Though needs vary widely, the majority of men require 6000 units per day, women 5000 units per day. Only then do most men and women achieve what I’d define as desirable: 60-70 ng/ml 25-hydroxy vitamin D blood level.
I base this target level by extrapolating from several simple observations:
–In epidemiologic studies, a blood level of 52 ng/ml seems to be an eerily consistent value: >52 ng/ml and cancer of the colon, breast, and prostate become far less common; <52 ng/ml and cancers are far more likely. I don't know about you, but I'd like to have a little larger margin of safety than just achieving 52.1 ng/ml.
–Young people (not older people >40 years old, who have lost most of the capacity to activate vitamin D in the skin) who obtain several days to weeks of tropical sun typically have 25-hydroxy vitamin D blood levels of 80-100 ng/ml without adverse effect.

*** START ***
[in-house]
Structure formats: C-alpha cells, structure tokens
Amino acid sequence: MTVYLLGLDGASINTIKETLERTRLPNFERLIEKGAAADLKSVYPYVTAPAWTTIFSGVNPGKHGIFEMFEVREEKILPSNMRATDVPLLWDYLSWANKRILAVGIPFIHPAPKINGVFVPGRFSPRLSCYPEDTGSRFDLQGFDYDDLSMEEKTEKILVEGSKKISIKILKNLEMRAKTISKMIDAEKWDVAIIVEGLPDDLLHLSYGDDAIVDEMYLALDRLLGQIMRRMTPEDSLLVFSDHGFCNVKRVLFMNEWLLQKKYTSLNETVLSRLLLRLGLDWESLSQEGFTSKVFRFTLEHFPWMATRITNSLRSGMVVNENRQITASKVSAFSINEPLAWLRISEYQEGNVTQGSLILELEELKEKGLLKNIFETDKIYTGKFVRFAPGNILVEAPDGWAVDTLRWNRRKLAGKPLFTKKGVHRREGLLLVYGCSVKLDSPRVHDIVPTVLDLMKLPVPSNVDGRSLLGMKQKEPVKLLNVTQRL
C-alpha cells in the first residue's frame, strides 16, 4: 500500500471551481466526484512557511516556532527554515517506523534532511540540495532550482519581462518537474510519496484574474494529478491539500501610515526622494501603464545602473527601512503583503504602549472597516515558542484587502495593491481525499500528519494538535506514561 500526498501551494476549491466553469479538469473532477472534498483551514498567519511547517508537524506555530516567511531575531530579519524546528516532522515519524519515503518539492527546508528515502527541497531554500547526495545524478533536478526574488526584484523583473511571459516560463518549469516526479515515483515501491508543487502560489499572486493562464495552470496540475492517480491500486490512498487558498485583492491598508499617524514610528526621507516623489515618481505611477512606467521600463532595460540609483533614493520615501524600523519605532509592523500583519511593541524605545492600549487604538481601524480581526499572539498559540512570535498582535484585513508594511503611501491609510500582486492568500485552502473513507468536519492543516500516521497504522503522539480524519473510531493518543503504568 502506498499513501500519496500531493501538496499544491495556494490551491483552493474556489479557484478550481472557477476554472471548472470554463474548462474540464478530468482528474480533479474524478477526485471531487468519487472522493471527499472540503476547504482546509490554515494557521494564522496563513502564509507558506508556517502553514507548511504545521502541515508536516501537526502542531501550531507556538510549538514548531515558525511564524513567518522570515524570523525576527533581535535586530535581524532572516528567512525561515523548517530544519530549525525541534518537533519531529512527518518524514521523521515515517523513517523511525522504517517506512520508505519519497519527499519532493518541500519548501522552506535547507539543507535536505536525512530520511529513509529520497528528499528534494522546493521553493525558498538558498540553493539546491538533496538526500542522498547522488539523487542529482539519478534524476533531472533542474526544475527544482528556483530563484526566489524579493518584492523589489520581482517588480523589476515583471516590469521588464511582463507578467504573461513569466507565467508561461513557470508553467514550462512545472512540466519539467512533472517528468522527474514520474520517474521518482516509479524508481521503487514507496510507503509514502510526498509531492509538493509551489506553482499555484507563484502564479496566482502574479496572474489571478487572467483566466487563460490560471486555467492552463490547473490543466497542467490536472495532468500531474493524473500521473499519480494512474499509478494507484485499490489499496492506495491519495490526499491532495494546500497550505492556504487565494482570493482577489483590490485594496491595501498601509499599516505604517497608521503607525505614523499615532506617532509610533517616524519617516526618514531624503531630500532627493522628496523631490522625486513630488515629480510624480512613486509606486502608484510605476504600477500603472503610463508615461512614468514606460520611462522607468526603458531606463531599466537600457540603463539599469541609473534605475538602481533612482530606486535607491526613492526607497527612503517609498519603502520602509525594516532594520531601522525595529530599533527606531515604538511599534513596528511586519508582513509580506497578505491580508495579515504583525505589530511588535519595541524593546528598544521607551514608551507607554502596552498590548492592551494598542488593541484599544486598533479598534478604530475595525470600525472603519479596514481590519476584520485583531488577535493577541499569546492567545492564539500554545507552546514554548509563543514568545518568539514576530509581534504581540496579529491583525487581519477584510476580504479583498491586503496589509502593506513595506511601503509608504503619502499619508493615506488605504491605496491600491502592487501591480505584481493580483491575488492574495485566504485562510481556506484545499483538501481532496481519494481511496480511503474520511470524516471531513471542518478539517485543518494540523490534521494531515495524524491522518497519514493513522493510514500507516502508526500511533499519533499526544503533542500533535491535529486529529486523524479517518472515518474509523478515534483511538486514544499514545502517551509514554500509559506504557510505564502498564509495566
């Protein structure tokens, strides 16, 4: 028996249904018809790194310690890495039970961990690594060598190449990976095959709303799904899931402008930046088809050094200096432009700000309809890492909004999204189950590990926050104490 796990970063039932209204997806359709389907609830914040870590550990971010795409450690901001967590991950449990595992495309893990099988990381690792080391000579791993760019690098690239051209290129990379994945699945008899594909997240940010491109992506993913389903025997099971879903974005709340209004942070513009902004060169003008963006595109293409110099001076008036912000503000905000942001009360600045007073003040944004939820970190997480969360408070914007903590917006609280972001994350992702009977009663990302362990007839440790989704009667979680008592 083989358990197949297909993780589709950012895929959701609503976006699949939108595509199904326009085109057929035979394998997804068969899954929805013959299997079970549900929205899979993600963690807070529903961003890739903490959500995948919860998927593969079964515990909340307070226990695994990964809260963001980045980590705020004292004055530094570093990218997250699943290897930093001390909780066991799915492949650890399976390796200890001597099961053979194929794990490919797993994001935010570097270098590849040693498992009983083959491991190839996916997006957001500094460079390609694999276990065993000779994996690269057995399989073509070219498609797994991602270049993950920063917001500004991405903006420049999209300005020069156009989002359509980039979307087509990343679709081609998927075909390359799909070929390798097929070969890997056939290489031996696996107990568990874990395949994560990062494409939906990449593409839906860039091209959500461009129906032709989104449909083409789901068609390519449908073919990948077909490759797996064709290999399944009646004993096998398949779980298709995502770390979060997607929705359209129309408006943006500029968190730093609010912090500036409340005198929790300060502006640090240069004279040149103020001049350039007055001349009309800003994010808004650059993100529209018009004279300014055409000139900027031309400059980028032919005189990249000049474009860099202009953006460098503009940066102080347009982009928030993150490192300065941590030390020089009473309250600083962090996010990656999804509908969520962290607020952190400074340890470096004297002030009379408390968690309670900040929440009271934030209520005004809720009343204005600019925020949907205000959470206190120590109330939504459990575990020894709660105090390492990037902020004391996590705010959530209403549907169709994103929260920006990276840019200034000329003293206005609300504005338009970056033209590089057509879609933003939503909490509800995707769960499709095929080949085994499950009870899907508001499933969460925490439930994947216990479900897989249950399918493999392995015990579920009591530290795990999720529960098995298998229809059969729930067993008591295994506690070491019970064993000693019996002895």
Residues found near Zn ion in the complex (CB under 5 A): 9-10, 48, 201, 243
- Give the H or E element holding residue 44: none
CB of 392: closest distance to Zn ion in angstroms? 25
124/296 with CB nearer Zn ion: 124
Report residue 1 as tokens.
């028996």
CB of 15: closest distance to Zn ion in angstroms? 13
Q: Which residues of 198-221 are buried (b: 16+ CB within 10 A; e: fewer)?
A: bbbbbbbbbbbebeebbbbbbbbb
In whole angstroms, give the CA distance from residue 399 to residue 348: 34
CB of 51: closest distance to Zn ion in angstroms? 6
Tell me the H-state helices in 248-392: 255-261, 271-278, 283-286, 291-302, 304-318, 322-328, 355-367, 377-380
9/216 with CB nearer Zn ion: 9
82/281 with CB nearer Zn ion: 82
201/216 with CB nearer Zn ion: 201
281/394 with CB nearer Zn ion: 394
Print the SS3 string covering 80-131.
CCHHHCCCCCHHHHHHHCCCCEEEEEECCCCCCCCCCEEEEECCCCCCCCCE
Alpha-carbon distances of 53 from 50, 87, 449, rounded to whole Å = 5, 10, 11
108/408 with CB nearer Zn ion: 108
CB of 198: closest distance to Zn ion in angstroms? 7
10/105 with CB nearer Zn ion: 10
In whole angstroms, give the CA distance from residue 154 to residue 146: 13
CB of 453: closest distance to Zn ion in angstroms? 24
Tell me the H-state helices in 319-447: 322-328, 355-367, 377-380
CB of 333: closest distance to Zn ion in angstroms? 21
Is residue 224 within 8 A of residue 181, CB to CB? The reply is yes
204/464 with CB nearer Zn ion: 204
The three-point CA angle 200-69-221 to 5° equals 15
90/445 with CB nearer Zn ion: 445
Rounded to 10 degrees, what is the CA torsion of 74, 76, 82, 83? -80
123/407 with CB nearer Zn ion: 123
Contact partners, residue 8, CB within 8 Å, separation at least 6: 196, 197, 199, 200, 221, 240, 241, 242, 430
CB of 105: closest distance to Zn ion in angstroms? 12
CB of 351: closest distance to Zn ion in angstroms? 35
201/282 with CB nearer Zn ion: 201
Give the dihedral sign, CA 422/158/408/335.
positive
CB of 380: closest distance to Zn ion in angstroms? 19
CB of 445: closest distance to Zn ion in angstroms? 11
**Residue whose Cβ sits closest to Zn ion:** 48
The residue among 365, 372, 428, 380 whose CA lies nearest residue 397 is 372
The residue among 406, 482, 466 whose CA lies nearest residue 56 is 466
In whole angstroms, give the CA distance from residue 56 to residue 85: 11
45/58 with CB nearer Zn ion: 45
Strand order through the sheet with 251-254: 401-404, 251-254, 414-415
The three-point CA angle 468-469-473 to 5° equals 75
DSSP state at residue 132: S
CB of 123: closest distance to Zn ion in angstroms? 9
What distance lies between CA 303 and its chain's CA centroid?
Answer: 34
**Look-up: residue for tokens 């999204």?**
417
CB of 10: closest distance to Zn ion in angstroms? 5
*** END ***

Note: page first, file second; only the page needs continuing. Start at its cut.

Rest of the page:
More recently, having achieved this target blood level in many people, I can tell you confidently that achieving this blood level of vitamin D achieves:
–Virtual elimination of “winter blues” and seasonal affective disorder in the great majority
–Dramatic increases in HDL cholesterol (though full effect can require a year to develop)
–Reduction in triglycerides
–Modest reduction in blood pressure
–Dramatic reduction in c-reactive protein (far greater than achieved with Crestor, JUPITER trial or no)
–Increased bone density (improved osteoporosis/osteopenia)
–Halting or reversal of aortic valve disease
Wow. As soon as I can reasonably manage, I’ll have Paul’s and my Vitamin D levels tested. I’ll report back the results, of course!